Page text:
From Cell to Slammer: Flaws of the Hybrid Theory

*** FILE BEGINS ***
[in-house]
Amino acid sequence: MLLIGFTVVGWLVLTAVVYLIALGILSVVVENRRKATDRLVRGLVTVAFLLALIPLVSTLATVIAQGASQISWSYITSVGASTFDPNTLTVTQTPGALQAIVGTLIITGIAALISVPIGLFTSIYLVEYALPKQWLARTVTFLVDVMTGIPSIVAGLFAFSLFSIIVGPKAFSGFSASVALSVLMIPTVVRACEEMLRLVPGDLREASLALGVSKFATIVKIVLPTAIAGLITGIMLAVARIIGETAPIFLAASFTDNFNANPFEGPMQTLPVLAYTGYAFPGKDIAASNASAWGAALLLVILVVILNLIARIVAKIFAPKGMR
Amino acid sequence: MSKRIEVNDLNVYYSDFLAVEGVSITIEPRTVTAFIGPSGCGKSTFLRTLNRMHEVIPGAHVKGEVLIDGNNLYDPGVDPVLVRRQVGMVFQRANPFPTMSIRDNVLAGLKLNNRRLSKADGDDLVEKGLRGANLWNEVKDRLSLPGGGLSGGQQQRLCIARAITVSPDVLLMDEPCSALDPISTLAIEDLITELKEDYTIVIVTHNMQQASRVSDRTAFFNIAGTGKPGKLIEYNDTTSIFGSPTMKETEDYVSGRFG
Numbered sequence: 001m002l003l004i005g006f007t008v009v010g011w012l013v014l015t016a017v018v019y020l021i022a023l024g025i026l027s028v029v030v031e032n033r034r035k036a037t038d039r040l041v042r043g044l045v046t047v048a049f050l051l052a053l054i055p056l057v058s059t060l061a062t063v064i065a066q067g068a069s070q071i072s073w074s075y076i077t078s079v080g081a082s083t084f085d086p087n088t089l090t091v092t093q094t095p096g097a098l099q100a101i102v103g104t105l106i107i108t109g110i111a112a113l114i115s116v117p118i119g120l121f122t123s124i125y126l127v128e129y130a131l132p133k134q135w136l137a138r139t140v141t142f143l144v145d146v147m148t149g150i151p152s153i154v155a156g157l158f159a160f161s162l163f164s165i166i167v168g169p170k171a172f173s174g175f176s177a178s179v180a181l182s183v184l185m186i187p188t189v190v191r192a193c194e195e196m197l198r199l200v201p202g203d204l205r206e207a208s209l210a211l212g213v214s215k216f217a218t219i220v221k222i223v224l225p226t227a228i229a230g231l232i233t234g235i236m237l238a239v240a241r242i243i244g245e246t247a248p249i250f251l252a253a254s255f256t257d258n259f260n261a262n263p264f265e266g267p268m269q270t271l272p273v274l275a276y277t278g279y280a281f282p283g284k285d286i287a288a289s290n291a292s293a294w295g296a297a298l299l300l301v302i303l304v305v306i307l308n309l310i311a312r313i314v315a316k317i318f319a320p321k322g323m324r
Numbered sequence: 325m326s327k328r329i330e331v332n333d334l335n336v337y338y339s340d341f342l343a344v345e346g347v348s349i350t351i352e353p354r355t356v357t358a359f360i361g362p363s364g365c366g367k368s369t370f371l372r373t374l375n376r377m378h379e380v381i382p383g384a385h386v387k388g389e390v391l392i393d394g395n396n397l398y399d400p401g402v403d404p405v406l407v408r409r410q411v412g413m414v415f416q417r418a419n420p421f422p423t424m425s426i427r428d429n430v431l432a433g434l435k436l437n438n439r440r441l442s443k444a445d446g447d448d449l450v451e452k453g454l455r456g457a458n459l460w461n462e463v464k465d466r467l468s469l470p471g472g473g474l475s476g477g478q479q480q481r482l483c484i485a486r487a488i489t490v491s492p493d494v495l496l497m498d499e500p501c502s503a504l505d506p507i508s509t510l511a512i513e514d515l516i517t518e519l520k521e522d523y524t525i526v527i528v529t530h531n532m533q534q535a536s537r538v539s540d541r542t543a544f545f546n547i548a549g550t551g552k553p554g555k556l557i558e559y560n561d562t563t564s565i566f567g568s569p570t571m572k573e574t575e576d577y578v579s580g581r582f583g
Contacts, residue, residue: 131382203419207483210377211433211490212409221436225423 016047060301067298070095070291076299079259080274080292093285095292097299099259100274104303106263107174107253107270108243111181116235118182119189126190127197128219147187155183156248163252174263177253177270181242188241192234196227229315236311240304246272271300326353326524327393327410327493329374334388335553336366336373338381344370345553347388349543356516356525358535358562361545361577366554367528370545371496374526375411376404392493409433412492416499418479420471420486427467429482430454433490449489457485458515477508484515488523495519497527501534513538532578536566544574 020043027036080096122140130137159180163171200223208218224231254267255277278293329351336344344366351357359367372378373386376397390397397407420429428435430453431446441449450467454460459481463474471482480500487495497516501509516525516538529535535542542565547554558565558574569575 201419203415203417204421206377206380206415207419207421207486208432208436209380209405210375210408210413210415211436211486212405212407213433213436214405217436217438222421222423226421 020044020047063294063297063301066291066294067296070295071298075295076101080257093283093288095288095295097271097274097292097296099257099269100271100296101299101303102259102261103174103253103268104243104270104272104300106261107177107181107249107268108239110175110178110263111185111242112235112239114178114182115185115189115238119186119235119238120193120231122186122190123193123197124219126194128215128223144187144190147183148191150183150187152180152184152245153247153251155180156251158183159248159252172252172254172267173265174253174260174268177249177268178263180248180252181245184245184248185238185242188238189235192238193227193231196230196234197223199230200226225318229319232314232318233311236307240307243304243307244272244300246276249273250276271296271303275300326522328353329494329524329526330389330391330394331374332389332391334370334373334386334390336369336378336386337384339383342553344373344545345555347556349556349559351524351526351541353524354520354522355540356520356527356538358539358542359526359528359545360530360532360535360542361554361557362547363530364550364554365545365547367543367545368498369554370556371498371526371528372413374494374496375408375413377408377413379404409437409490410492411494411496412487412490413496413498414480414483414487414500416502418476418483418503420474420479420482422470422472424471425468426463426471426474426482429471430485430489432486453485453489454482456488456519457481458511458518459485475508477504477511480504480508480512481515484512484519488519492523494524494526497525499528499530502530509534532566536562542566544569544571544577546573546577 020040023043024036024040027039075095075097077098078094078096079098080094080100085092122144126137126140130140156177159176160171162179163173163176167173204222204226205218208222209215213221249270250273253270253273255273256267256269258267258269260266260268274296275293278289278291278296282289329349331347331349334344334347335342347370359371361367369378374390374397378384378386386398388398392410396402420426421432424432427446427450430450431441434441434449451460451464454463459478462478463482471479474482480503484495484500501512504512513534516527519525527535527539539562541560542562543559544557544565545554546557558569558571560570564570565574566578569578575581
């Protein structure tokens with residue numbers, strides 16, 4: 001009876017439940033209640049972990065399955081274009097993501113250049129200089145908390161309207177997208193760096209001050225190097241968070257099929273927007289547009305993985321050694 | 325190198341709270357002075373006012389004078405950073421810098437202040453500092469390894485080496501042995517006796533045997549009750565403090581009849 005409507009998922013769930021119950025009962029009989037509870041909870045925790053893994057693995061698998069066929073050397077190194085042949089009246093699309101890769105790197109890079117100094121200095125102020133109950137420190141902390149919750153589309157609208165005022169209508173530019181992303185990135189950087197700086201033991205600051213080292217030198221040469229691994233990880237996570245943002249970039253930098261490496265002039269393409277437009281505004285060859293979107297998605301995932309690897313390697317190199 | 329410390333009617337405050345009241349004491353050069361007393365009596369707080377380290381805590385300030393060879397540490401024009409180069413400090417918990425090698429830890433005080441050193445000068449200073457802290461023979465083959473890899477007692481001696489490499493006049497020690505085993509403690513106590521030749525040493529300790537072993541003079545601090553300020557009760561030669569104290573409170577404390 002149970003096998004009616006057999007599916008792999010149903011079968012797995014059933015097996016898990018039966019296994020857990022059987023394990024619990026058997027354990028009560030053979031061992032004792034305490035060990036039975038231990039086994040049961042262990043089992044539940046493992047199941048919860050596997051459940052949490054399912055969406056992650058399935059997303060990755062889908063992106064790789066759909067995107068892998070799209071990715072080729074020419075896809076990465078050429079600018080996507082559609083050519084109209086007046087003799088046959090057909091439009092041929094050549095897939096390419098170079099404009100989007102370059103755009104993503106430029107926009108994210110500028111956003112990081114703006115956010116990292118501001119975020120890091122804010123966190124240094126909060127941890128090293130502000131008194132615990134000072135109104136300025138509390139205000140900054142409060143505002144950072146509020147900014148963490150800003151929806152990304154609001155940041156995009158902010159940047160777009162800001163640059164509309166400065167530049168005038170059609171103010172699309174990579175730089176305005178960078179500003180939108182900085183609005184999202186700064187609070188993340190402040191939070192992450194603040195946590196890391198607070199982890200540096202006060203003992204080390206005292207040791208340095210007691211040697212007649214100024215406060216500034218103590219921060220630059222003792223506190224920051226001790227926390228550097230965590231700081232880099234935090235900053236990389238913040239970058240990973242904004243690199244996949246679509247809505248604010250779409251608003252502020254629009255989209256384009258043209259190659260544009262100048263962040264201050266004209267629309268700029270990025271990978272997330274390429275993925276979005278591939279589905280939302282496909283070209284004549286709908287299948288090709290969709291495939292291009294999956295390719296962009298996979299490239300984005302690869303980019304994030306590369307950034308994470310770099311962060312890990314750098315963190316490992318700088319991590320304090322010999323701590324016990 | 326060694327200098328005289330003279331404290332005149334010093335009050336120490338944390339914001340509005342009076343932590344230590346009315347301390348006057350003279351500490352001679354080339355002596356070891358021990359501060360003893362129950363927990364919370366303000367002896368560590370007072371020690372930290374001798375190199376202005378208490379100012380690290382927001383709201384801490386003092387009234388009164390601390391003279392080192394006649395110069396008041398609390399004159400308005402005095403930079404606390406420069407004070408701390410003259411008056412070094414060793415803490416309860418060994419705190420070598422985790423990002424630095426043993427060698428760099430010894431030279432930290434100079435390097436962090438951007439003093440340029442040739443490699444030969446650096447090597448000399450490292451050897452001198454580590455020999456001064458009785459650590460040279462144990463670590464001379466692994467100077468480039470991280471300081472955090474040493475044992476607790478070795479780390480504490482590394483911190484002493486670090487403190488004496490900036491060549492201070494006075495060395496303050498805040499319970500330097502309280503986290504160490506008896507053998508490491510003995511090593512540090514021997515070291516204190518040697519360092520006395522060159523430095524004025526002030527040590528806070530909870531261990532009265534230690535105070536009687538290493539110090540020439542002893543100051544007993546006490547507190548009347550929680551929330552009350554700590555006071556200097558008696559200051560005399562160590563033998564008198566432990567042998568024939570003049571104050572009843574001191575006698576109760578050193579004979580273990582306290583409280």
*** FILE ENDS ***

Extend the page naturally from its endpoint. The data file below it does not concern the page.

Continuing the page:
This Note analyzes the flaws of a government-created “super statute.” In an unprecedented form of statutory interpretation—known as the hybrid theory—the federal government combines the authority of two portions of the Electronic Communications Privacy Act to assert authority that does not exist under either portion alone. The government has repeatedly relied on this artificial authority to obtain court orders approving the use of wireless telephones as tracking devices, thus sidestepping the probable cause standard traditionally required for such an intrusive form of surveillance. When this surveillance identifies individuals inside their homes, Fourth Amendment concerns are implicated. Because the court orders routinely remain sealed even after surveillance is terminated, however, individuals are precluded from appealing the orders and remedying the potential constitutional violations. Moreover, even if individuals learn of the surveillance and bring claims against the government, those claims are likely to be dismissed on procedural grounds. The lack of opportunity for appellate courts to reach the issue means the government is essentially controlling the development of the law. This Note recognizes the need for legislative or, in the interim, judicial action to rectify that problem.